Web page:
What is Pantheism? Is it some obscure religion that not many have heard about?
Pantheism is the belief that the universe (or nature as the totality of everything) is identical with divinity, or that everything composes an all-encompassing, immanent God. Pantheists do not believe in a distinct personal or anthropomorphic god. Some Eastern religions are considered to be pantheistically inclined.
Pantheism was popularized in the West as both a theology and philosophy based on the work of the 17th-century philosopher Baruch Spinoza, whose book Ethics was an answer to Descartes’ famous dualist theory that the body and spirit are separate. Spinoza held the monist view that the two are the same, and monism is a fundamental part of his philosophy. He was described as a “God-intoxicated man,” and used the word God to describe the unity of all substance. Although the term pantheism was not coined until after his death, Spinoza is regarded as its most celebrated advocate.
Pantheism is derived from the Greek roots pan (meaning “all”) and theos (meaning “God”). There are a variety of definitions of pantheism. Some consider it a theological and philosophical position concerning God.
As a religious position, some describe pantheism as the polar opposite of atheism. From this standpoint, pantheism is the view that everything is part of an all-encompassing, immanent God. All forms of reality may then be considered either modes of that Being, or identical with it. Others hold that pantheism is a non-religious philosophical position. To them, pantheism is the view that the Universe and God are identical.
It has been widely held that there are ‘pantheists’ who believe in “a certain universal substance, material as well as intelligent, that fashions all things that exist out of its own essence.” The universe was found to be immeasurable in respect to a human’s capacity of understanding, and believed that humans would never be able to comprehend it. The Catholic Church regarded pantheistic ideas as heresy. An Italian monk, Giordano Bruno, evangelized about an immanent and infinite God, was burned at the stake in 1600 by the Catholic Church. He has since become known as a celebrated pantheist and martyr of science.
Although the term “pantheism” did not exist before the 17th century, various pre-Christian religions and philosophies can be regarded as pantheistic. Pantheism is similar to the ancient Hindu philosophy of non-dualism to the extent that in the 19th-century thought that it was “a western system of philosophy which occupies a foremost rank amongst the philosophies of all nations and ages, and which is so exact a representation of the ideas of the Vedanta, that we might have suspected its founder to have borrowed the fundamental principles of his system from the Hindus.”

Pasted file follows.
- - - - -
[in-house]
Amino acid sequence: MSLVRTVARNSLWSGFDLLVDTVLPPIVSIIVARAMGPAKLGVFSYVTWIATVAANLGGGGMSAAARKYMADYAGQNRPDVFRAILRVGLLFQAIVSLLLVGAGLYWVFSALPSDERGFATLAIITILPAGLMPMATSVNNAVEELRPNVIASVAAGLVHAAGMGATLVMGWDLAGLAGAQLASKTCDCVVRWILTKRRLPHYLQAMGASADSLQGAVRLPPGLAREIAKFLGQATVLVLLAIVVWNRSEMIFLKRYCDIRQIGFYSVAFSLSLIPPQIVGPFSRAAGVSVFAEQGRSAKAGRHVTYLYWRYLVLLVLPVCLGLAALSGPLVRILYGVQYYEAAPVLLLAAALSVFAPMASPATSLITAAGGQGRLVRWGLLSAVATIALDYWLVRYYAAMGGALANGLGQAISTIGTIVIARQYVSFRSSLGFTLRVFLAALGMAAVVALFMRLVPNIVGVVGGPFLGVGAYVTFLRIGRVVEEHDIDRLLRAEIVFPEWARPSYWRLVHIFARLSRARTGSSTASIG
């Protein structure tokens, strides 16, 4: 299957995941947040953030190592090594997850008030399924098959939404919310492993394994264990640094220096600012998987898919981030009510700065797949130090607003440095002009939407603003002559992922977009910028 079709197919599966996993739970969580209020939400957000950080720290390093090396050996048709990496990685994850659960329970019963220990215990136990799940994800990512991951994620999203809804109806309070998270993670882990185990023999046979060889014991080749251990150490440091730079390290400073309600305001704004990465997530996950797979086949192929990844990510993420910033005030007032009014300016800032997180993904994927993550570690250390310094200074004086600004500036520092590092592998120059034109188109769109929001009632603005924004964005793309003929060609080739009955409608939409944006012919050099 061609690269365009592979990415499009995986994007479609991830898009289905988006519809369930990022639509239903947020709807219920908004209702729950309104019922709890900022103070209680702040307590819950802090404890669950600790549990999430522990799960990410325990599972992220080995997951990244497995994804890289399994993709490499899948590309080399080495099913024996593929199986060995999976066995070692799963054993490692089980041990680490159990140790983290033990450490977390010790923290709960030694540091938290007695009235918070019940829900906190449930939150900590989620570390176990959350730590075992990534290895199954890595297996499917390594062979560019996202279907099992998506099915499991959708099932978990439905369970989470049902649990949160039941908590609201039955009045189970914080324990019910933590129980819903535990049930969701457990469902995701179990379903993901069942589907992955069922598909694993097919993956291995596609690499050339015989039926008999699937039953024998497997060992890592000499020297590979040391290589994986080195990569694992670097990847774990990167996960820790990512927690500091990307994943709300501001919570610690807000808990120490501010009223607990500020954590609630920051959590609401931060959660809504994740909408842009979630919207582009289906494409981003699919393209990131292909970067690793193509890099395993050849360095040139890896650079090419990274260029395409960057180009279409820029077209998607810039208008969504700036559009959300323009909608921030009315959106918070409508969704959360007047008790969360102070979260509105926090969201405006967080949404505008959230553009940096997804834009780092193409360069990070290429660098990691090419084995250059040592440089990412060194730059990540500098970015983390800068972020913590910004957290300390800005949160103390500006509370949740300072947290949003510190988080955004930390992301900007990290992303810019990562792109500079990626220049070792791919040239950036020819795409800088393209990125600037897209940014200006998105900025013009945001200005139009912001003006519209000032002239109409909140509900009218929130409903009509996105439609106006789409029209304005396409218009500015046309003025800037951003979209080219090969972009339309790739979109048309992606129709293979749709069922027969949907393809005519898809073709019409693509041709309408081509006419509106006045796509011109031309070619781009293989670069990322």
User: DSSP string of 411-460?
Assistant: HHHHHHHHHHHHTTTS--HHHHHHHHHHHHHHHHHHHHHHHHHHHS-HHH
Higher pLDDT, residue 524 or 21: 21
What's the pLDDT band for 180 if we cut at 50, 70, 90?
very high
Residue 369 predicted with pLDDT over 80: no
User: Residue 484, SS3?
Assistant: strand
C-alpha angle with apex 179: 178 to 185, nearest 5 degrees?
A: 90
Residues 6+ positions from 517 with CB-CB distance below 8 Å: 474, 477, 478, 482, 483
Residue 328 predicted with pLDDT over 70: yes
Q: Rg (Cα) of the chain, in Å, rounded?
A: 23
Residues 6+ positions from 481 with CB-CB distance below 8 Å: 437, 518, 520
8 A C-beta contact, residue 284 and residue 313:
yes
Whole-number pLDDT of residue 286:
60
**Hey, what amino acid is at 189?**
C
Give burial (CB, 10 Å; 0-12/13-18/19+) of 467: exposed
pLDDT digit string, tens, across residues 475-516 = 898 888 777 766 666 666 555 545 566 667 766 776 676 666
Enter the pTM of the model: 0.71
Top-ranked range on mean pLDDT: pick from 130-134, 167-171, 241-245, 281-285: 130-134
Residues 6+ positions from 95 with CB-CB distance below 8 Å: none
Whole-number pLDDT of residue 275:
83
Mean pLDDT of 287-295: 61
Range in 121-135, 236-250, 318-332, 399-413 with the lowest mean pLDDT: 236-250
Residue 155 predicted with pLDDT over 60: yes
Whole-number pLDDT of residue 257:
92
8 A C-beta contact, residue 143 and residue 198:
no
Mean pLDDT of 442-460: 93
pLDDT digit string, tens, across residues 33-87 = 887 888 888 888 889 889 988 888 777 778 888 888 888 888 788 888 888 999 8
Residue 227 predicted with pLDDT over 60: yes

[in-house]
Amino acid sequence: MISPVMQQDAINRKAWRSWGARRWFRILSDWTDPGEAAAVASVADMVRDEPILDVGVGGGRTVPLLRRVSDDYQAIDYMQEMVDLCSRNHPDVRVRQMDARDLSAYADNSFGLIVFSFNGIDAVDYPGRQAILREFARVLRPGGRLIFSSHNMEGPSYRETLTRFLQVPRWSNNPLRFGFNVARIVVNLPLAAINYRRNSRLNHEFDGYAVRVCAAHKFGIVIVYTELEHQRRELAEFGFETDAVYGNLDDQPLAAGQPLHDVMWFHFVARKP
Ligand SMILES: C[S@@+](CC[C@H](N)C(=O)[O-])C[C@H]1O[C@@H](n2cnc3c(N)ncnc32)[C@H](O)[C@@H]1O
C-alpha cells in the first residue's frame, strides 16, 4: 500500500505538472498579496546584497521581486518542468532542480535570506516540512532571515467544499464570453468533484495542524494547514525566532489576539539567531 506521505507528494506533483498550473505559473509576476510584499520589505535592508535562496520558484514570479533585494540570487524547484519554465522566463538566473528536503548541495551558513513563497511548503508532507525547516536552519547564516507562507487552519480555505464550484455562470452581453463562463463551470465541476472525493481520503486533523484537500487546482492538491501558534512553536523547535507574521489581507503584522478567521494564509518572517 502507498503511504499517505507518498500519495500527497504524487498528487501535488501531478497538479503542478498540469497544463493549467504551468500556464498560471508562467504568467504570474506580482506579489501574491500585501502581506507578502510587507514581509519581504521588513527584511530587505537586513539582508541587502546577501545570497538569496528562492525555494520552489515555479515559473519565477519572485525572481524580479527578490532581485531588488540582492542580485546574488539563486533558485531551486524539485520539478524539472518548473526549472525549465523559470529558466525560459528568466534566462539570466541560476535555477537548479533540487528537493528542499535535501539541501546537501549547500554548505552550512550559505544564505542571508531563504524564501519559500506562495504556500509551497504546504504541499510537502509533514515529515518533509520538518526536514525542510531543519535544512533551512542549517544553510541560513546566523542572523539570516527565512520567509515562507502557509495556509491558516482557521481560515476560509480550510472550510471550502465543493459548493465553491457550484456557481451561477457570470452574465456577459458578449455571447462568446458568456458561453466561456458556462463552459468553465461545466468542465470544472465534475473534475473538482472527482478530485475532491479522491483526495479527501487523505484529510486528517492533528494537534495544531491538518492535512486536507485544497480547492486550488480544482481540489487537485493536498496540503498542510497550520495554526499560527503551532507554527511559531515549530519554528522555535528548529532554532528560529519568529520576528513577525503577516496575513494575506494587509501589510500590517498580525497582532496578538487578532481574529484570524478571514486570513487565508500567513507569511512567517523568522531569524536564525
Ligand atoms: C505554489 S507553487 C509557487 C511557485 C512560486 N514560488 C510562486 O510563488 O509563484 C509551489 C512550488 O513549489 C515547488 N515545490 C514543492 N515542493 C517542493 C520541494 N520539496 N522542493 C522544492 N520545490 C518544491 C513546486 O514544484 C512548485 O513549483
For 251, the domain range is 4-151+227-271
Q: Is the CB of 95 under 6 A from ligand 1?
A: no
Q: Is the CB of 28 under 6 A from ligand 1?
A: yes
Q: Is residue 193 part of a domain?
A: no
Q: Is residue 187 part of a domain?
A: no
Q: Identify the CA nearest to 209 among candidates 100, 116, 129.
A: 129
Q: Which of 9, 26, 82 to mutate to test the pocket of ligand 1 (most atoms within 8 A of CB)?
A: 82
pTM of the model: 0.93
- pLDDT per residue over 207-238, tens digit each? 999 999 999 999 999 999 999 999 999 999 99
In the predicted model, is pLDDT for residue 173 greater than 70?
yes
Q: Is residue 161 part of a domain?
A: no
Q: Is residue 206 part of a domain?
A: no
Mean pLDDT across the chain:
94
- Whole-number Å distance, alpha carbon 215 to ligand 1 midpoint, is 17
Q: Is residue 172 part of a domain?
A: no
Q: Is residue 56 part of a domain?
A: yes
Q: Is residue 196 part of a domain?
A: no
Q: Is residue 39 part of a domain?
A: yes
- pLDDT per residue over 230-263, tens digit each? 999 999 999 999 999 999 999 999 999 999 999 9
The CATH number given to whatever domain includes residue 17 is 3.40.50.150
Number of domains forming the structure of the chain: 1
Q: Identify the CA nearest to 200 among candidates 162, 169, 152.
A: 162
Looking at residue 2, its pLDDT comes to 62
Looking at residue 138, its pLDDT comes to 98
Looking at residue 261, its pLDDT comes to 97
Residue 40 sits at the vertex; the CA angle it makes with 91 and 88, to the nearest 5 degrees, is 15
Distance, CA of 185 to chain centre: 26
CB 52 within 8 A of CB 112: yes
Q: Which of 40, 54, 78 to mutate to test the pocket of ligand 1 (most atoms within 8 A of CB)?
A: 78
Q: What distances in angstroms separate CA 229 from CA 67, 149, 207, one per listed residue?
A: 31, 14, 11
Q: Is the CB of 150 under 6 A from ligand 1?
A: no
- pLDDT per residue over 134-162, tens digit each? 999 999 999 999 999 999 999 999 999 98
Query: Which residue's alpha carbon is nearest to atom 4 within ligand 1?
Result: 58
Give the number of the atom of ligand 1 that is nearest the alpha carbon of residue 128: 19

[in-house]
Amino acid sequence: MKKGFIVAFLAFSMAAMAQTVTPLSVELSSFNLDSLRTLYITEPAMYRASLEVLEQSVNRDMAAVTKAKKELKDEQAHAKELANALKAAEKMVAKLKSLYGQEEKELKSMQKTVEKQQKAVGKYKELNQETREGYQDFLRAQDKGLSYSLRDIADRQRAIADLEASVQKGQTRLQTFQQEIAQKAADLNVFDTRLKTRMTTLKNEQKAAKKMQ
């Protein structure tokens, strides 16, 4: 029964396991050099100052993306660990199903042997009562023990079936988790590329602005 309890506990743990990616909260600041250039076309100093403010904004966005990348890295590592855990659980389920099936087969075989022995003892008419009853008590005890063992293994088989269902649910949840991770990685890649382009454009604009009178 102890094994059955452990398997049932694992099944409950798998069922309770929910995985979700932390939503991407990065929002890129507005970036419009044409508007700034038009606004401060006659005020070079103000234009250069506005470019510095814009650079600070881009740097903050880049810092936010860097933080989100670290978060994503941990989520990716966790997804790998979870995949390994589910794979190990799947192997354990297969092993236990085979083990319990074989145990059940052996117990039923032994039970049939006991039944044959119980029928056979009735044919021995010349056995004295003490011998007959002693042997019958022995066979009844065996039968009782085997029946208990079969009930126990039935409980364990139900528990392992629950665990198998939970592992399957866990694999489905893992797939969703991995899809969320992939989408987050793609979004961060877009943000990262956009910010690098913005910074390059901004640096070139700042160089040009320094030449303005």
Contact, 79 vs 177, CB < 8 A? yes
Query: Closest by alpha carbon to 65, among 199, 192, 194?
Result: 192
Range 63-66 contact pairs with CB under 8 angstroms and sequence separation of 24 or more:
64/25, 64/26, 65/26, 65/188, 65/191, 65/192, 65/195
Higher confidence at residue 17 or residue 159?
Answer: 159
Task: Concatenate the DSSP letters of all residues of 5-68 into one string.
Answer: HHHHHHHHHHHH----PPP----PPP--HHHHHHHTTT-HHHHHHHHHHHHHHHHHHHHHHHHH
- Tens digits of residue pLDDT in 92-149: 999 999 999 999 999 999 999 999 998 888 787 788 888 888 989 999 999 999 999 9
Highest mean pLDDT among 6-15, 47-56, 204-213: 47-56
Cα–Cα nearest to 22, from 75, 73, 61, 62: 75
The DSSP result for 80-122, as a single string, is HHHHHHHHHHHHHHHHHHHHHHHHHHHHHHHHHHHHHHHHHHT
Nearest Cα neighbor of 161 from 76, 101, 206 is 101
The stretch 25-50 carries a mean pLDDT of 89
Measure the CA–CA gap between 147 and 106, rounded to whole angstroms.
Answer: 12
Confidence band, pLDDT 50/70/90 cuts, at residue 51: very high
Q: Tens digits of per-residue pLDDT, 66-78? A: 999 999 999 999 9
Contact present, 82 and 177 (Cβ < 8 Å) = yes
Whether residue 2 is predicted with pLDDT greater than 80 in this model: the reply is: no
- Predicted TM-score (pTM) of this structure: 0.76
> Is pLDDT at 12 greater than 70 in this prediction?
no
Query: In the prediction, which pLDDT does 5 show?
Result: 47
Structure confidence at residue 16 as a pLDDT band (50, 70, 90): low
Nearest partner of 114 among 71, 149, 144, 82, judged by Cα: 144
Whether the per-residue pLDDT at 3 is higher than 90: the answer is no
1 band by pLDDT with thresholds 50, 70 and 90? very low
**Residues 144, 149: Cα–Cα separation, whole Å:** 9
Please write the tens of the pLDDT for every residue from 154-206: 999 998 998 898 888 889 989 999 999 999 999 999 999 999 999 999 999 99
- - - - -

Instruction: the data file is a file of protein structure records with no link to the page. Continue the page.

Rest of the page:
In the mid-eighteenth century, pantheism was defined as: “It supposes God and nature, or God and the whole universe, to be one and the same substance—one universal being; insomuch that men’s souls are only modifications of the divine substance.” Yet in the early nineteenth century, a German theologian defined pantheism as the belief that God and the world established by God are one and the same. In the late 20th century, pantheism was often declared to be the underlying theology of Neopaganism, and Pantheists began forming organizations devoted specifically to Pantheism and treating it as a separate religion.
Pantheism is mentioned in a Papal encyclical in 2009 and a statement on New Year’s Day in 2010, criticizing pantheism for denying the superiority of humans over nature and “seeing the source of man’s salvation in nature”. In a review of the 2009 film Avatar, Ross Douthat, an author, described pantheism as “Hollywood’s religion of choice for a generation now”.
There are multiple varieties of pantheism which have been placed along various spectra or in discrete categories. Some have argued against treating every meaning of “unity” as an aspect of pantheism, and there exist versions of pantheism that regard determinism as an inaccurate or incomplete view of nature
It may also be possible to distinguish two types of pantheism, one being more religious and the other being more philosophical. The Columbia Encyclopedia writes of the distinction: “If the pantheist starts with the belief that the one great reality, eternal and infinite, is God, he sees everything finite and temporal as but some part of God. There is nothing separate or distinct from God, for God is the universe. If, on the other hand, the conception taken as the foundation of the system is that the great inclusive unity is the world itself, or the universe, God is swallowed up in that unity, which may be designated nature.”
Religious inclined pantheisms include some forms of Hinduism while philosophical inclined pantheisms include Stoicism.